Directory of Open Access Journals (Sweden)

    A.H. El-Shazly

    2015-03-01

    Full Text Available This work investigates the possibility of improving the rate of Cu+2 recovery and/or removal from industrial wastewater by cementation technique using an array of pulsating horizontal perforated zinc discs. The results show that the rate of cementation was found to increase by increasing frequency and amplitude of oscillation (vibrating velocity; disc diameter; copper ion concentration and solution temperature while decreasing by increasing the disc separation. Under certain conditions using pulsating array of perforated zinc discs was found to increase the rate of mass transfer by a factor of 17 times the stagnant discs. The activation energy of the reaction was found to be 8.948 kcal/mol which indicates that under the present conditions cementation takes place under mixed control, i.e. the reaction is partially diffusion control. As such no overall mass transfer correlation could be obtained.

  17. Development and implementation of a writing program to improve resident authorship rates.

    Science.gov (United States)

    Clemmons, Amber Bradley; Hoge, Stephanie C; Cribb, Ashley; Manasco, Kalen B

    2015-09-01

    The development, implementation, and evaluation of a writing program with a formalized writing project as a component of postgraduate year 1 (PGY1) and postgraduate year 2 (PGY2) pharmacy residencies are described. The writing program at Georgia Regents Medical Center/University of Georgia College of Pharmacy, a collaborative and jointly funded program, was initiated in the 2010-11 residency year. The goals of the program are to teach residents to communicate effectively, apply leadership skills, employ project management skills, and provide medication- and practice- related education and training. The program combines both writing experiences and mentorship. At the beginning of the residency year, trainees are presented with opportunities to participate in both research projects and writing projects. Specifically, opportunities within the writing program include involvement in review articles, case reports, drug information rounds, book chapters, letters to the editor, and high-quality medication-use evaluations for potential publication. The writing project is highly encouraged, and completion of a manuscript to be submitted for publication is expected by graduation. Nine papers were published by 8 of 18 PGY1 and PGY2 residents in the four years before program implementation. A total of 23 publications were published by 18 (72%) of the 25 PGY1 and PGY2 residents in the four years after implementation of the writing program. Implementation of a formal writing program increased the overall publication rate of residents. Copyright © 2015 by the American Society of Health-System Pharmacists, Inc. All rights reserved.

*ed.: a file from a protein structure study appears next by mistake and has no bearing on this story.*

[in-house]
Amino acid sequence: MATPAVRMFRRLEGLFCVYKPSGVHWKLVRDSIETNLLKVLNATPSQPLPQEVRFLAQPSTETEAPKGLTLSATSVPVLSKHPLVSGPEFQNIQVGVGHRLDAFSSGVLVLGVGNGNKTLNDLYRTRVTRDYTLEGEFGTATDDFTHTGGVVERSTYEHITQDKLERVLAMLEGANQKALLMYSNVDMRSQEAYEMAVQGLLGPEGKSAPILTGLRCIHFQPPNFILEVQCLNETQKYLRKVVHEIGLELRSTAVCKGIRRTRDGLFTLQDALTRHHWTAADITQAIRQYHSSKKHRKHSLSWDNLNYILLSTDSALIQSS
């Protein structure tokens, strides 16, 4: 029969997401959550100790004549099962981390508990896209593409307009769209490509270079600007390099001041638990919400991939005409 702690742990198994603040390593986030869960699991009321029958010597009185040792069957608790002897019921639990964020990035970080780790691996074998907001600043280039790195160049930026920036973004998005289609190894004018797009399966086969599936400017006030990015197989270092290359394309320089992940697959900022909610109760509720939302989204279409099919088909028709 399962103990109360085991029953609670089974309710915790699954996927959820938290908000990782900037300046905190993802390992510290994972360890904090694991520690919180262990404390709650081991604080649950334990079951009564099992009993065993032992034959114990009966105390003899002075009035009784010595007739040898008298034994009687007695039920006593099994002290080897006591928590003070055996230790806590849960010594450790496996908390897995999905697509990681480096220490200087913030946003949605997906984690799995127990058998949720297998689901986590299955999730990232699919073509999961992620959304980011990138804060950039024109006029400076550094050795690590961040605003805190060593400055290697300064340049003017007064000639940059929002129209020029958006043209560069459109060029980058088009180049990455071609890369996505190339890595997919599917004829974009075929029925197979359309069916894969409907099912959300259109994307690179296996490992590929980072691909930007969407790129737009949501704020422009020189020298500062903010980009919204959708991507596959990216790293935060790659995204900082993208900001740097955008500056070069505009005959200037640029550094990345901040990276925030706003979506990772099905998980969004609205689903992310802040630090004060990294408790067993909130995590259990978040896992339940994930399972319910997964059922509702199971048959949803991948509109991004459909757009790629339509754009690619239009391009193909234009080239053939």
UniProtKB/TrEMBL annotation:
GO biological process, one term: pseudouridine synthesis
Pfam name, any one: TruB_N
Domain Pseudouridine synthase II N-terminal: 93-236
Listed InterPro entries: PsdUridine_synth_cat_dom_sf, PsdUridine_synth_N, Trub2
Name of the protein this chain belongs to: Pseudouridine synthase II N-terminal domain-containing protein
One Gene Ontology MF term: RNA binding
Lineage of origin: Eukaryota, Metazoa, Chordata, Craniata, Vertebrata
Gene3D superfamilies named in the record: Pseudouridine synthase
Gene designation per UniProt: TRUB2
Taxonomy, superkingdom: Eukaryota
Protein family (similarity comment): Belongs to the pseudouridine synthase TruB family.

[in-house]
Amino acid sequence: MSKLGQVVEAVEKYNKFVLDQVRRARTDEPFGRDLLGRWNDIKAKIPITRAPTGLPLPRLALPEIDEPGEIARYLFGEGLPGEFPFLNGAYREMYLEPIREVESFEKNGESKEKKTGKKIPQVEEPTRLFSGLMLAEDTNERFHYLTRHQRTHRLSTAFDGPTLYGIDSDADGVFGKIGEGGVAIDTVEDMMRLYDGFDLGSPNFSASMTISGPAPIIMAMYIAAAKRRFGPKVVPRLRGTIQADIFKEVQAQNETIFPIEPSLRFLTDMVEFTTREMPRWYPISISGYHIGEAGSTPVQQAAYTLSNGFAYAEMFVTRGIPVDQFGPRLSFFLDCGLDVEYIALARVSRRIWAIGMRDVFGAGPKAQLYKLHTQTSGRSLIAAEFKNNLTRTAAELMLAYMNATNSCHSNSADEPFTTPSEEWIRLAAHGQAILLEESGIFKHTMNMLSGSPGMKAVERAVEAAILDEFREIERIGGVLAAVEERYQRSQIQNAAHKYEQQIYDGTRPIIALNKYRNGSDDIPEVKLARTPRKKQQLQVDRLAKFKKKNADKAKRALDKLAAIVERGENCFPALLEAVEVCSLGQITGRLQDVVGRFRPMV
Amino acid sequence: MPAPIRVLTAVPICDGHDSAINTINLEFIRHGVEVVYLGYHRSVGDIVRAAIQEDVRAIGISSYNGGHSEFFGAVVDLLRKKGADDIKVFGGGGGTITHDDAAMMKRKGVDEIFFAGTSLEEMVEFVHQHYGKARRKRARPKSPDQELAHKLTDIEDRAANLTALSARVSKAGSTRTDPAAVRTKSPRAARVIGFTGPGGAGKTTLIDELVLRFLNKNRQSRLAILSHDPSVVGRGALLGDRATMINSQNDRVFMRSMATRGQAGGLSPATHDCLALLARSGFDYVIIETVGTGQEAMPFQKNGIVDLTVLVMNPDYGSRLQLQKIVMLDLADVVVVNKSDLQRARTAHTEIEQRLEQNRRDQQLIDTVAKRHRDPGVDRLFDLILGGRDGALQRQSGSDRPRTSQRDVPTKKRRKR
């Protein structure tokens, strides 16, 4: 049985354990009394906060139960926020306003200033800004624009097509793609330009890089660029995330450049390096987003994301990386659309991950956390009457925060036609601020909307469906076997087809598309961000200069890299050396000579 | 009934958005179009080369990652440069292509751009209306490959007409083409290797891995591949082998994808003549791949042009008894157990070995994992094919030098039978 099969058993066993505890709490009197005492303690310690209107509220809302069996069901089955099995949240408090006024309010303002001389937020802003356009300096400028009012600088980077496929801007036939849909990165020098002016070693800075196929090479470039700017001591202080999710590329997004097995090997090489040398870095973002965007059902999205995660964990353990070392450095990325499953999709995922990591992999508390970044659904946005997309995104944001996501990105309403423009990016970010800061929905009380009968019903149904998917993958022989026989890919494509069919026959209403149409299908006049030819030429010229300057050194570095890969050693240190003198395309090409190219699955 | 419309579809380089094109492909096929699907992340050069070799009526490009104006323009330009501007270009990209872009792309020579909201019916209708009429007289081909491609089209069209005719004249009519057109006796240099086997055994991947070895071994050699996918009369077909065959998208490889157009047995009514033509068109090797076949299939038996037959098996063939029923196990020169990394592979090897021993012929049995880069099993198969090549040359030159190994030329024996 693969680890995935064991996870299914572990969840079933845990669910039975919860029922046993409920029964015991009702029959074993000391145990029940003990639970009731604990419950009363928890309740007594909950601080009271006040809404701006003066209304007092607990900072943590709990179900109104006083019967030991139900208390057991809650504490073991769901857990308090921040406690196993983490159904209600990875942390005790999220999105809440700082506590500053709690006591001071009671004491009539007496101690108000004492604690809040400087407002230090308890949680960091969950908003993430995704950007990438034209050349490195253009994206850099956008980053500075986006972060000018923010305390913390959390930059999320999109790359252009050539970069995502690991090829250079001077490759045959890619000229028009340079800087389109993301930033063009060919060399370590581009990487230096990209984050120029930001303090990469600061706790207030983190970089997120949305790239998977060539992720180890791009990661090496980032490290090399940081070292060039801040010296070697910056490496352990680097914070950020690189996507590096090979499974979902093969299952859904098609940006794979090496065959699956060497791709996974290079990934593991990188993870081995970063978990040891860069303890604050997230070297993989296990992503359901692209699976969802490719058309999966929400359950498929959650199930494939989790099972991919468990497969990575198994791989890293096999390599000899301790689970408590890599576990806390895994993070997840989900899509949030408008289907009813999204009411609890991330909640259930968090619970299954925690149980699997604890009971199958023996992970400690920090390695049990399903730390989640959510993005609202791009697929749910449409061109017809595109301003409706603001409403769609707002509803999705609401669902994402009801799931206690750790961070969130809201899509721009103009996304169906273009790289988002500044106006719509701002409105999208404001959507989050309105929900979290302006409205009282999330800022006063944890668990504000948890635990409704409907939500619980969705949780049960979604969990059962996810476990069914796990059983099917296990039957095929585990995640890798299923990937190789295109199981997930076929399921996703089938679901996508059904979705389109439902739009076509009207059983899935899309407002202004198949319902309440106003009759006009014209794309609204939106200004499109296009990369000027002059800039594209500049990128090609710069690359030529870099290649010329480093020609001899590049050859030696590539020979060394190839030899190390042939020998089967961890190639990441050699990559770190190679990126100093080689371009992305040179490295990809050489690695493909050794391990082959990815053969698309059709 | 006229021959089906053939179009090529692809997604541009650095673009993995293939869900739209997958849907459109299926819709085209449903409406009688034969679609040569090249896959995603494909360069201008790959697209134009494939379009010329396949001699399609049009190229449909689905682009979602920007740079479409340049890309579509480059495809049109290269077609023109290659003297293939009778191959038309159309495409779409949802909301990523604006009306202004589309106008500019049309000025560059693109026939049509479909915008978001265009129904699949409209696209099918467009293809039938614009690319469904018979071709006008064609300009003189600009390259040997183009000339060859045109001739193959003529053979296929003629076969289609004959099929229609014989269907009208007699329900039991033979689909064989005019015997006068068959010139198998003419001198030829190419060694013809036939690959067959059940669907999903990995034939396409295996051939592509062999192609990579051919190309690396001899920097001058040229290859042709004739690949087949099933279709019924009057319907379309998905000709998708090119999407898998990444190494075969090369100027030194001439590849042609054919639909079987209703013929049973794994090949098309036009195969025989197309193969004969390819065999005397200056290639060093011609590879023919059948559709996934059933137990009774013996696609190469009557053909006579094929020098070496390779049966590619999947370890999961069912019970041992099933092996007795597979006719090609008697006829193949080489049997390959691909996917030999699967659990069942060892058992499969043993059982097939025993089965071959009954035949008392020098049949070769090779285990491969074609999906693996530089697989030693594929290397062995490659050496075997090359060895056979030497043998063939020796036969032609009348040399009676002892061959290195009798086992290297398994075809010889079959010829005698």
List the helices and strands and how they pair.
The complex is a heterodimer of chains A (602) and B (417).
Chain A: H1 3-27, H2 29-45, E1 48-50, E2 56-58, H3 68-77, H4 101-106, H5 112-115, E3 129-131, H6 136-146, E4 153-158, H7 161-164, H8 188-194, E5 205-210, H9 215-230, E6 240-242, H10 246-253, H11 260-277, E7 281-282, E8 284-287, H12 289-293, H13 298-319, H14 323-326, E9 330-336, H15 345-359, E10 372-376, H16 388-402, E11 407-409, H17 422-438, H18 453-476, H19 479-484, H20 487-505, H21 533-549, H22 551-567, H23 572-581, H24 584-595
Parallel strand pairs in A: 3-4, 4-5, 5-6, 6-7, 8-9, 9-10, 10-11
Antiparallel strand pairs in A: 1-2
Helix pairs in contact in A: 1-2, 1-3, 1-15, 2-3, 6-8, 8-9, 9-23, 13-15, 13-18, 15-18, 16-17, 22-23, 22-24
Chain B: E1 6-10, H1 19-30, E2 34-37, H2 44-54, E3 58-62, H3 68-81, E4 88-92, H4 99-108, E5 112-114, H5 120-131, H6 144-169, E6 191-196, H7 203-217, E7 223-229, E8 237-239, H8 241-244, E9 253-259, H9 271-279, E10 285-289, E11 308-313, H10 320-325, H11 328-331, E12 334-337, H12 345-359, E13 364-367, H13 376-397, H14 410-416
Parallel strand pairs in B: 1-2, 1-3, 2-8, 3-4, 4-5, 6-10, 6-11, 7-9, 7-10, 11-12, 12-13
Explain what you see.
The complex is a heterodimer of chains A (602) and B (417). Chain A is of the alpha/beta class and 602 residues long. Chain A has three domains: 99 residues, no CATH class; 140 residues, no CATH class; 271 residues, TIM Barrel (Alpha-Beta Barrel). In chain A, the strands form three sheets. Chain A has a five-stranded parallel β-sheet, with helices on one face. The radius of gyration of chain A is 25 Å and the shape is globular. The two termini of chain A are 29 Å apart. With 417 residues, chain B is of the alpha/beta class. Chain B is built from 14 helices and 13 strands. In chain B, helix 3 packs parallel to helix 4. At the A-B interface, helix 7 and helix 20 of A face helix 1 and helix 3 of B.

18. High estradiol levels improve false memory rates and meta-memory in highly schizotypal women.

    Science.gov (United States)

    Hodgetts, Sophie; Hausmann, Markus; Weis, Susanne

    2015-10-30

    Overconfidence in false memories is often found in patients with schizophrenia and healthy participants with high levels of schizotypy, indicating an impairment of meta-cognition within the memory domain. In general, cognitive control is suggested to be modulated by natural fluctuations in oestrogen. However, whether oestrogen exerts beneficial effects on meta-memory has not yet been investigated. The present study sought to provide evidence that high levels of schizotypy are associated with increased false memory rates and overconfidence in false memories, and that these processes may be modulated by natural differences in estradiol levels. Using the Deese-Roediger-McDermott paradigm, it was found that highly schizotypal participants with high estradiol produced significantly fewer false memories than those with low estradiol. No such difference was found within the low schizotypy participants. Highly schizotypal participants with high estradiol were also less confident in their false memories than those with low estradiol; low schizotypy participants with high estradiol were more confident. However, these differences only approached significance. These findings suggest that the beneficial effect of estradiol on memory and meta-memory observed in healthy participants is specific to highly schizotypal individuals and might be related to individual differences in baseline dopaminergic activity. Copyright © 2015 Elsevier Ireland Ltd. All rights reserved.

  19. Improving sensitivity in proteome studies by analysis of false discovery rates for multiple search engines.

    Science.gov (United States)

    Jones, Andrew R; Siepen, Jennifer A; Hubbard, Simon J; Paton, Norman W